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Prototype reveals how pubs might look after Covid-19

Betsey Wynne, Swanbourne 4

Oakman Inns has reconfigured one of its premises to show what pubs might look like with social distancing measures in place.

The pub and restaurant group, which runs 20 sites in the south of the country, let Sky News cameras into the Betsey Wynne in Swanbourne, Buckinghamshire, over the weekend to reveal the prototype.

The revamped layout, guided by two-metre social distancing rules, sees the reinvention of the ‘snug’ with tables separated by transparent screens.

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Chefs were pictured wearing PPE, including gloves and shields over their faces. All workstations are two metres apart and kitchen staff will operate side-by-side or back-to-back rather than facing each other.

Customers will use disposable menus and orders will be placed using a phone app. Hand sanitiser stations will be placed throughout the premises, while a one-way system with a separate entrance and exit has been designed to minimise contact.

COO Dermot King said one of the advantages that this particular site has is its location and scale.

“This location here is over 4,000 square feet, we have got a kitchen space of over 1,100 square feet and I guess we have an advantage in that we can re-look at how we space out the pub itself. We have gone back to the CAD drawings and relaid out the pub with two-metre spacing in mind.

“It inevitably changes the way that we operate our business, it means that we have to lose the bar space completely – there won’t be standing at the bar, you won’t get served at the bar, it’s table service only. And we have to reengineer the whole customer journey right the way through the venue.”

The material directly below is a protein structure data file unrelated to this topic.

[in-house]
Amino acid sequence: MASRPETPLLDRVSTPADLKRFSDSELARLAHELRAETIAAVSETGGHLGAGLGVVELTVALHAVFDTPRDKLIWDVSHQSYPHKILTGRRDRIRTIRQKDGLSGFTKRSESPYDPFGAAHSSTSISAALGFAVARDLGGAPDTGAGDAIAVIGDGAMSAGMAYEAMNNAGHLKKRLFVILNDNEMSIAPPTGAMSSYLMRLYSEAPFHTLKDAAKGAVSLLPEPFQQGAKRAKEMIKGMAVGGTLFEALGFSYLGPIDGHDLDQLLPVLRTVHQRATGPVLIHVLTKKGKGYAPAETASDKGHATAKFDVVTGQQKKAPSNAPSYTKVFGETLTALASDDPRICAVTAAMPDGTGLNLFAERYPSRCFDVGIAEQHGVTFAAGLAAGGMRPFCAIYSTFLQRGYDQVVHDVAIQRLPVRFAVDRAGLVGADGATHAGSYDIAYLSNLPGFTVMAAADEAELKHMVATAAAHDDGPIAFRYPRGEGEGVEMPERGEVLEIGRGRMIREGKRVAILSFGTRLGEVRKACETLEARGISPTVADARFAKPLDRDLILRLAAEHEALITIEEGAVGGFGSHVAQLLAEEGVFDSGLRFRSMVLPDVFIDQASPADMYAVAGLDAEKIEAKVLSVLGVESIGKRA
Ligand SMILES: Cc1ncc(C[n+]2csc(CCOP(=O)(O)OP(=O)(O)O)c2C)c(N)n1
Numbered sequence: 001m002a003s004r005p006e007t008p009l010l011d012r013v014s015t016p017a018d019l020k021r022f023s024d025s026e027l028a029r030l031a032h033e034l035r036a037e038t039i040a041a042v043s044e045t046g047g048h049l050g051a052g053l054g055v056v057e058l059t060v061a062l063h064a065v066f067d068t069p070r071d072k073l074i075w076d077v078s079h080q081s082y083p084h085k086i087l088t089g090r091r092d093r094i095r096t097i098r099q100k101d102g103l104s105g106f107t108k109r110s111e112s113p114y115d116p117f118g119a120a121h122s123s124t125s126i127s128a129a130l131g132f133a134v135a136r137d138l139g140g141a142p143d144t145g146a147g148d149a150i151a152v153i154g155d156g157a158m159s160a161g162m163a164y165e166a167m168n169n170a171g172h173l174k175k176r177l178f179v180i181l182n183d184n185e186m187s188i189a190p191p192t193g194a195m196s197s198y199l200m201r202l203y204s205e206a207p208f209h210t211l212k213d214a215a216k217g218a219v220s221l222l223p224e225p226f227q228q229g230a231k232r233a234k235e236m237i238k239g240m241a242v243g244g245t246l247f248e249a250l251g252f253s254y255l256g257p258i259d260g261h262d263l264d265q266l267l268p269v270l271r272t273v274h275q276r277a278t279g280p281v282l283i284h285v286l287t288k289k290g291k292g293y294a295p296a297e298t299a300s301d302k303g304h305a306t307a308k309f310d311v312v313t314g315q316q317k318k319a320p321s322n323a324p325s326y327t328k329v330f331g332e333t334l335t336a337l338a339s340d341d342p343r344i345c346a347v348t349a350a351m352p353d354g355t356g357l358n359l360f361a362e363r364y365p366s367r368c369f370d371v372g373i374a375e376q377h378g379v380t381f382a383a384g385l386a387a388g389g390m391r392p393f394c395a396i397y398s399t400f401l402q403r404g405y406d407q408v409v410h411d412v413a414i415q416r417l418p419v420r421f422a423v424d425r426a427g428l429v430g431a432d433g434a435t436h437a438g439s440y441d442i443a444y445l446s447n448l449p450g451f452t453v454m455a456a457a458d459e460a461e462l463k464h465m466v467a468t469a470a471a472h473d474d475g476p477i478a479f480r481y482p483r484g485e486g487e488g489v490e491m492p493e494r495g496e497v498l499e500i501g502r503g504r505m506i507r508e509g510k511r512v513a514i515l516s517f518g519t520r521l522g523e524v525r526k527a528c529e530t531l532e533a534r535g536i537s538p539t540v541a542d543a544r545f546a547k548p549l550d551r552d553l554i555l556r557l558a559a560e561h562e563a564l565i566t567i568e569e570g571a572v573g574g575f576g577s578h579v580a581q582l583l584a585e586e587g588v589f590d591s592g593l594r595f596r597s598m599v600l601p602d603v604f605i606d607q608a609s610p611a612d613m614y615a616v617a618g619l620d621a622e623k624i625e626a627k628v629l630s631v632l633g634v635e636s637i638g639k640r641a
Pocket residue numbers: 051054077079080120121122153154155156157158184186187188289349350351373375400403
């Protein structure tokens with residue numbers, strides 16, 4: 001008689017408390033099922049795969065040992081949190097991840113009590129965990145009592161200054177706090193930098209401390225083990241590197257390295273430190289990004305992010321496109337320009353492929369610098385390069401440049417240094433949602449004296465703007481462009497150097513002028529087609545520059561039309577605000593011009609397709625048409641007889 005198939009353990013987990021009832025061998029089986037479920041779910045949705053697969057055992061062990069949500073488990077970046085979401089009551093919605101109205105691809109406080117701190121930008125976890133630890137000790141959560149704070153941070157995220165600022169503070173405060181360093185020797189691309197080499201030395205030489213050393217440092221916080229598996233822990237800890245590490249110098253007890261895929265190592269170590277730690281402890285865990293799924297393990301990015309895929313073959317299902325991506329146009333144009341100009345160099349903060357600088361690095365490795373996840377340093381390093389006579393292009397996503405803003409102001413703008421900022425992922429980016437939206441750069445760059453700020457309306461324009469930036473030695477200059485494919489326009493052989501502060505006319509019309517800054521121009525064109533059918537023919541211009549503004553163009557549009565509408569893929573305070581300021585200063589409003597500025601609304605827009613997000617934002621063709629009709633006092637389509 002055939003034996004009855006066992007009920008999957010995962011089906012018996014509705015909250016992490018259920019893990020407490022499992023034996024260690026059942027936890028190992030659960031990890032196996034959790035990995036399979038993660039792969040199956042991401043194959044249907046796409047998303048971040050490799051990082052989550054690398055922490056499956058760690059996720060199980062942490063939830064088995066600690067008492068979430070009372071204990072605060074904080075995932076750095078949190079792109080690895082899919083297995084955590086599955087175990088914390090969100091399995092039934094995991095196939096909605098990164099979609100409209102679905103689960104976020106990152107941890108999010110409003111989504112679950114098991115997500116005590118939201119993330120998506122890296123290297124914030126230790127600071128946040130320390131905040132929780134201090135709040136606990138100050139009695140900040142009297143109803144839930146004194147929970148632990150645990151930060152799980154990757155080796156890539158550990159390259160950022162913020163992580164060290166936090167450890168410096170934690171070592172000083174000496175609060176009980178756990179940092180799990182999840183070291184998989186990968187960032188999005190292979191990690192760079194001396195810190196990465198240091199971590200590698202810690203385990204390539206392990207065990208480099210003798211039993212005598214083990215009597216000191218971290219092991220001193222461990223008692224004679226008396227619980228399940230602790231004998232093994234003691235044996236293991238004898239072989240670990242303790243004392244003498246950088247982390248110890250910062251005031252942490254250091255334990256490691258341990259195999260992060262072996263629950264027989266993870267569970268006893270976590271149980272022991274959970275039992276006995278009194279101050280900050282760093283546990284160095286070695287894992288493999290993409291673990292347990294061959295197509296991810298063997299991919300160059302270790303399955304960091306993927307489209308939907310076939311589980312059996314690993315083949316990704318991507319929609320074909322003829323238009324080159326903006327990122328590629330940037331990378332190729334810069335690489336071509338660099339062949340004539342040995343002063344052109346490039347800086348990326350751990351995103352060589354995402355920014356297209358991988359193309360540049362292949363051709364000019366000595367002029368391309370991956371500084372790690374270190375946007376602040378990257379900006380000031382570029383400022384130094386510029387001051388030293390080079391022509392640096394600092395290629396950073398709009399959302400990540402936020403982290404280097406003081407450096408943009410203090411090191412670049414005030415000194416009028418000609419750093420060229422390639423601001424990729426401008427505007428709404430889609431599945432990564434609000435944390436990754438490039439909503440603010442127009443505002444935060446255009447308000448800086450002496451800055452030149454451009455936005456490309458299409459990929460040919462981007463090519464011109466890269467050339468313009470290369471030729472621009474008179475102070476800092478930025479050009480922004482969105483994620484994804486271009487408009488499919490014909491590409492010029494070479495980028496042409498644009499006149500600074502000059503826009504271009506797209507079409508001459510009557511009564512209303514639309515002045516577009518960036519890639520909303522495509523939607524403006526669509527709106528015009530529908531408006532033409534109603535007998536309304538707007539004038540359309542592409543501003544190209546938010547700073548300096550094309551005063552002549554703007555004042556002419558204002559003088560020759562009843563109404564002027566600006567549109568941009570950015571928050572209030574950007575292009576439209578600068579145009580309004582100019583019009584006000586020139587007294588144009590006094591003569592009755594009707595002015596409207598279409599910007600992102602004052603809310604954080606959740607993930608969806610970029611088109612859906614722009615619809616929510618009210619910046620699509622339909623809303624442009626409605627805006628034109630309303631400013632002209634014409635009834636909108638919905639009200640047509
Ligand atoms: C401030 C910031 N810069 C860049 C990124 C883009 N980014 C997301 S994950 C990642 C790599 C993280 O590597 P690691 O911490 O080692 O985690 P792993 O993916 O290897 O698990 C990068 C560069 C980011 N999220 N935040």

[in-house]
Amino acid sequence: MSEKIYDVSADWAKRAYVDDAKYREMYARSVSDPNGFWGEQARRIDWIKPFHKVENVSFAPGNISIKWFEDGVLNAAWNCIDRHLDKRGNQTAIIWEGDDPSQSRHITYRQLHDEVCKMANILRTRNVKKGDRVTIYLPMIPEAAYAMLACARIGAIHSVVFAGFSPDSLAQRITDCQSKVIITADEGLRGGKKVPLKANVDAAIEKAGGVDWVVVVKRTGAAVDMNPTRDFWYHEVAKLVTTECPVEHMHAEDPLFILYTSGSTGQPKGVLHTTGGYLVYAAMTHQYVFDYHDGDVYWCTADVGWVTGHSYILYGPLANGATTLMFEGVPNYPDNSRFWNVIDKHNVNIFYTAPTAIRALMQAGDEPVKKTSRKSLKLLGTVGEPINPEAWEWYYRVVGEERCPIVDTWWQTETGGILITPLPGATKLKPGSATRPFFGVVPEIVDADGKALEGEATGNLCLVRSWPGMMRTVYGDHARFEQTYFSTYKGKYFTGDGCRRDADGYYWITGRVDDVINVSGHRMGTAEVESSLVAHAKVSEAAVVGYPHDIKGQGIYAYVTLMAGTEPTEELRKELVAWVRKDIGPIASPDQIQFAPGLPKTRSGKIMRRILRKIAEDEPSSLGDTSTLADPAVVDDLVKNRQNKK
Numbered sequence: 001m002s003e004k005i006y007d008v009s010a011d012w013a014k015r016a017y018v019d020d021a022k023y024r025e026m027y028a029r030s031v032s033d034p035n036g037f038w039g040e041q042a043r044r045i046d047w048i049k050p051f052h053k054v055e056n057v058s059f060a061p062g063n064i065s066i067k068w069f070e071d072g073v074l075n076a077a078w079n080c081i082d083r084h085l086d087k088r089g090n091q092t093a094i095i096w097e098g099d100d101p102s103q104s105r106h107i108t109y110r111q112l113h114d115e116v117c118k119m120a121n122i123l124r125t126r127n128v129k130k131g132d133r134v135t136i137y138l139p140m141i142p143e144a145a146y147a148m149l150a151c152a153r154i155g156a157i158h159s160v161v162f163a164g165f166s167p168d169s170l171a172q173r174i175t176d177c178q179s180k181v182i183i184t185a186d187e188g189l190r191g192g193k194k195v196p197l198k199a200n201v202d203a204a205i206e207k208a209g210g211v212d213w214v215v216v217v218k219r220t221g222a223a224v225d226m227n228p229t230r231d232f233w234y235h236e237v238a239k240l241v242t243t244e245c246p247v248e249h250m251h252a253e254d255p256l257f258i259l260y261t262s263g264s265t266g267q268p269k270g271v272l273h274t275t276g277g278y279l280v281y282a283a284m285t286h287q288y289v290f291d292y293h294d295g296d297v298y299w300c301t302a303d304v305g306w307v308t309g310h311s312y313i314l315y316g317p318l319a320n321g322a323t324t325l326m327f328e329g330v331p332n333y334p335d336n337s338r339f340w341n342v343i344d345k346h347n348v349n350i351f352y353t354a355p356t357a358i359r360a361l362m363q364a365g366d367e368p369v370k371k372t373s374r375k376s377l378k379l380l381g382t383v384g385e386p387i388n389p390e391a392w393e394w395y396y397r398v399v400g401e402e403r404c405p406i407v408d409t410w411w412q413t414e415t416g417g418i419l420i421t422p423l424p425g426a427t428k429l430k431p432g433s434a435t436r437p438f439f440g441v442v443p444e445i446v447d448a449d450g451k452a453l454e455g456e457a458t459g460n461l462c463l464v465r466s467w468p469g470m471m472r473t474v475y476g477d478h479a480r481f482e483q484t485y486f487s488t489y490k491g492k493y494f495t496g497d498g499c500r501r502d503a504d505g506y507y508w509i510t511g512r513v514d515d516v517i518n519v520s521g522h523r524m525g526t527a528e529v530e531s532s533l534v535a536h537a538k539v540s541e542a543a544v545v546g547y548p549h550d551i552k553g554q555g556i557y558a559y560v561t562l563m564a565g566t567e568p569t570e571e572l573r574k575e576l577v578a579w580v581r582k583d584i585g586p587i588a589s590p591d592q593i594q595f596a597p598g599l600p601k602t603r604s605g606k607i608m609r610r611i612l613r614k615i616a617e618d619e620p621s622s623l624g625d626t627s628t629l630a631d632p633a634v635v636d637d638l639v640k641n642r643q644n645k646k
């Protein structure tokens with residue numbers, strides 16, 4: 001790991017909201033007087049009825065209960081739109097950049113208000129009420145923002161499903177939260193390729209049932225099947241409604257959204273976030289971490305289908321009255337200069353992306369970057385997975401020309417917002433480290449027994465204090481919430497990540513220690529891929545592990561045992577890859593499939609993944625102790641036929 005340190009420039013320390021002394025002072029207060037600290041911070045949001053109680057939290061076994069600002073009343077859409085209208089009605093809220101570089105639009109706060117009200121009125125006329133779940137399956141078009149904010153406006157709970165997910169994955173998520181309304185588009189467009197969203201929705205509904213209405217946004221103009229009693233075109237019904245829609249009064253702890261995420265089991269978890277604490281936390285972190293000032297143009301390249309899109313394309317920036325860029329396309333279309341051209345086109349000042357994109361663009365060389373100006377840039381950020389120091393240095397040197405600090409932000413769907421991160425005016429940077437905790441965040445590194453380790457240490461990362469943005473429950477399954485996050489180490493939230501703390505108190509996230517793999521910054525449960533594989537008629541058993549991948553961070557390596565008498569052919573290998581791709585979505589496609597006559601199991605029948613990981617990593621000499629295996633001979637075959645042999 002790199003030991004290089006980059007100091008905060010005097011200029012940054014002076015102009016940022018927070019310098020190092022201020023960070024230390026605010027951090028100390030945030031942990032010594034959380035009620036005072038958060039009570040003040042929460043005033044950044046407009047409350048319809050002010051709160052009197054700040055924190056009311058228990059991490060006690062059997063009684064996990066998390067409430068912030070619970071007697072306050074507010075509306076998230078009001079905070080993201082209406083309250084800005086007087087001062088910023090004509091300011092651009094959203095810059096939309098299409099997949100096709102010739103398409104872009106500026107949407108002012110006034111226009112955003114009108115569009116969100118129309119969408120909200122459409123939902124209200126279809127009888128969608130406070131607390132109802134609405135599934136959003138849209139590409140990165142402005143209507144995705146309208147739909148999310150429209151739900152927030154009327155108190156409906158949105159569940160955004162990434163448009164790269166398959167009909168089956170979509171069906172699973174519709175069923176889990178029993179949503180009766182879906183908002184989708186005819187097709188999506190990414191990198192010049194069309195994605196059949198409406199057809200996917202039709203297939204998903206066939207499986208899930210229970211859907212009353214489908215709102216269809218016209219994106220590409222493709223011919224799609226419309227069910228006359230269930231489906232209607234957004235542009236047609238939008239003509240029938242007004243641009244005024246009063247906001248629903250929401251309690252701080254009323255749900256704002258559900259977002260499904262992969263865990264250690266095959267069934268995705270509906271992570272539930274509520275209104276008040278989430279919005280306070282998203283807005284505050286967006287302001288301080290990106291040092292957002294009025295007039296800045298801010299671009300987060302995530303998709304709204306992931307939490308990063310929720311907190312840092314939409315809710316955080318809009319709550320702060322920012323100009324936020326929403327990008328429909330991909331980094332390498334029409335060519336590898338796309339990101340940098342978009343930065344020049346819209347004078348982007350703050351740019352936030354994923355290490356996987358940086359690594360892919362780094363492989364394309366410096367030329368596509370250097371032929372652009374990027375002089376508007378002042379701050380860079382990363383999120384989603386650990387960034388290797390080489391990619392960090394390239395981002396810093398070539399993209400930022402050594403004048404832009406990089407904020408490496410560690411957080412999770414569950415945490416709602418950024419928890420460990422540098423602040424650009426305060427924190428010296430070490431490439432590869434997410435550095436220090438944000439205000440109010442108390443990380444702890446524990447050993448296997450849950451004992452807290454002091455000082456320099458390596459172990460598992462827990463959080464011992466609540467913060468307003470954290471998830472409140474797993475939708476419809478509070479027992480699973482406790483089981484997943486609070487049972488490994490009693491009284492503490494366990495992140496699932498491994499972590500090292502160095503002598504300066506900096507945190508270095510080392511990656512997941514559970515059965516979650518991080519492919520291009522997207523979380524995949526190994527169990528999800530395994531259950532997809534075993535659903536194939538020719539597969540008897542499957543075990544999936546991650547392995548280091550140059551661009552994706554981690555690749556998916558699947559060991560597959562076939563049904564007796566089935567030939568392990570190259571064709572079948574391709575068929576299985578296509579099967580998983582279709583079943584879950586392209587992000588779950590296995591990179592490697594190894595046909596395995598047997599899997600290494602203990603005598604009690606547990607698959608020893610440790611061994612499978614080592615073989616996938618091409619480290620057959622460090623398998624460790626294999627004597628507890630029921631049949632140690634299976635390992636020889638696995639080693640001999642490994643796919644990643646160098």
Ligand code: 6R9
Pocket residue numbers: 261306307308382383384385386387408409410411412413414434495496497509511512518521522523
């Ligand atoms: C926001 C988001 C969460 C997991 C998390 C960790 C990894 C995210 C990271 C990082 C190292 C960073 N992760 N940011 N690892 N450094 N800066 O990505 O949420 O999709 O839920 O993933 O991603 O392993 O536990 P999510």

Mr King said the Betsey Wynne could operate at around 70% of its previous capacity under the conditions it has modelled, largely because it has almost an acre of outdoor space and parking for 90 cars.

“We think a feature of pubs going forward will be those pubs that have massive outdoor spaces can make use of that and actually fill in the space that they are missing inside the pub itself. Inside the venue we would be losing about 30% of our capacity, but we still think we can operate at that level and we still think we can deliver a great experience to our customers at that level.”

Mr King added that where it wasn’t possible to ensure two metre spacing between tables, it has installed glazed panels so that there is segregation between customers.

“I think one of the features you will see in pubs going forward will be a reinvention of the snug, which is a thing that used to exist in the 50s, 60s and 70s, and that’s the kind of feel we are trying to recreate and reinvent. And the thing we are not trying to do is lose the essence of hospitality. In the end, we are a hospitality business and so you can’t make it a clinical environment; you have to feel like you are being served and you’re in a pleasant environment.”

Asked if the business could reopen today, Mr King replied: “It was welcomed that the government indicated that July 4th could be a date when some pubs could reopen and we are saying some pubs must be pubs that can operate at scale like our businesses can.

“I think you probably need a three-week lead-in in order to make sure that you can plan and retrain the team with sufficient time and get all the plans in place, but we would be ready to reopen at any time. If you gave us a three-week lead-in, we could be up and running.”

Meanwhile, Oakman Inns’ founder and CEO, Peter Borg-Neal, took to Twitter over the weekend to respond to tweets about the remodelled site.

Asked how viable it would be to lose 25% of its capacity if pubs are forced to operate under social distancing, he replied: “It will certainly mean a reduction in profit. We believe that this pub will still be viable – but not all of our estate will be. Regardless, the industry will need some easing of the restrictions and some financial help in order to get the majority of sites viable.”

Image credit: Oakman Inns

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Andrew Seymour

The author Andrew Seymour

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